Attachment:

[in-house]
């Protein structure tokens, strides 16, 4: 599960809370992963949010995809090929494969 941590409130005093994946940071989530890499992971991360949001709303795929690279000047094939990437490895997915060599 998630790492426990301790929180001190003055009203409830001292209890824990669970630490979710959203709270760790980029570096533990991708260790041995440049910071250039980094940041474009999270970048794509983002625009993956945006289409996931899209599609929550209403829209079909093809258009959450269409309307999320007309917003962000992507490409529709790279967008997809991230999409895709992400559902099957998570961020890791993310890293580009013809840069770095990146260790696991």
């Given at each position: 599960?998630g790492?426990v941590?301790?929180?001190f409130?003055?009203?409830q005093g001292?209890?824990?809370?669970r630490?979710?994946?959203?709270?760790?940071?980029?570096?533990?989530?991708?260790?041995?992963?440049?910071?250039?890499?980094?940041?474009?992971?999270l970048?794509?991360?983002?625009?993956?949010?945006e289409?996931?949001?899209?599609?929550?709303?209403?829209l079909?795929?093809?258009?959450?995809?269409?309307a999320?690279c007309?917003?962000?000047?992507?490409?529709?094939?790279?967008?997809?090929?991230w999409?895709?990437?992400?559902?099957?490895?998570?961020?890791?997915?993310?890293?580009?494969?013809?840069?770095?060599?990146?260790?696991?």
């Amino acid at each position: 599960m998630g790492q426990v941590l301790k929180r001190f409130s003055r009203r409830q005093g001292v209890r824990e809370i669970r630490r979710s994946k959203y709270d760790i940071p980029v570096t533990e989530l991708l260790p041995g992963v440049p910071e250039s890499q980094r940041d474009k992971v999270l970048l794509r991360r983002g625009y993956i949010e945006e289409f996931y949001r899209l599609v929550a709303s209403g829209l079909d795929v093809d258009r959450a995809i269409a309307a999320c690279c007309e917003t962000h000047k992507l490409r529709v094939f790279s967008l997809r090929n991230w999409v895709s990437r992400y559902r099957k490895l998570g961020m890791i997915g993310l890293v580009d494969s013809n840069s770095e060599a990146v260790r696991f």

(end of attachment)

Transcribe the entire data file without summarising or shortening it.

[in-house]
């Protein structure tokens, strides 16, 4: 599960809370992963949010995809090929494969 941590409130005093994946940071989530890499992971991360949001709303795929690279000047094939990437490895997915060599 998630790492426990301790929180001190003055009203409830001292209890824990669970630490979710959203709270760790980029570096533990991708260790041995440049910071250039980094940041474009999270970048794509983002625009993956945006289409996931899209599609929550209403829209079909093809258009959450269409309307999320007309917003962000992507490409529709790279967008997809991230999409895709992400559902099957998570961020890791993310890293580009013809840069770095990146260790696991």
């Given at each position: 599960?998630g790492?426990v941590?301790?929180?001190f409130?003055?009203?409830q005093g001292?209890?824990?809370?669970r630490?979710?994946?959203?709270?760790?940071?980029?570096?533990?989530?991708?260790?041995?992963?440049?910071?250039?890499?980094?940041?474009?992971?999270l970048?794509?991360?983002?625009?993956?949010?945006e289409?996931?949001?899209?599609?929550?709303?209403?829209l079909?795929?093809?258009?959450?995809?269409?309307a999320?690279c007309?917003?962000?000047?992507?490409?529709?094939?790279?967008?997809?090929?991230w999409?895709?990437?992400?559902?099957?490895?998570?961020?890791?997915?993310?890293?580009?494969?013809?840069?770095?060599?990146?260790?696991?």
């Amino acid at each position: 599960m998630g790492q426990v941590l301790k929180r001190f409130s003055r009203r409830q005093g001292v209890r824990e809370i669970r630490r979710s994946k959203y709270d760790i940071p980029v570096t533990e989530l991708l260790p041995g992963v440049p910071e250039s890499q980094r940041d474009k992971v999270l970048l794509r991360r983002g625009y993956i949010e945006e289409f996931y949001r899209l599609v929550a709303s209403g829209l079909d795929v093809d258009r959450a995809i269409a309307a999320c690279c007309e917003t962000h000047k992507l490409r529709v094939f790279s967008l997809r090929n991230w999409v895709s990437r992400y559902r099957k490895l998570g961020m890791i997915g993310l890293v580009d494969s013809n840069s770095e060599a990146v260790r696991f």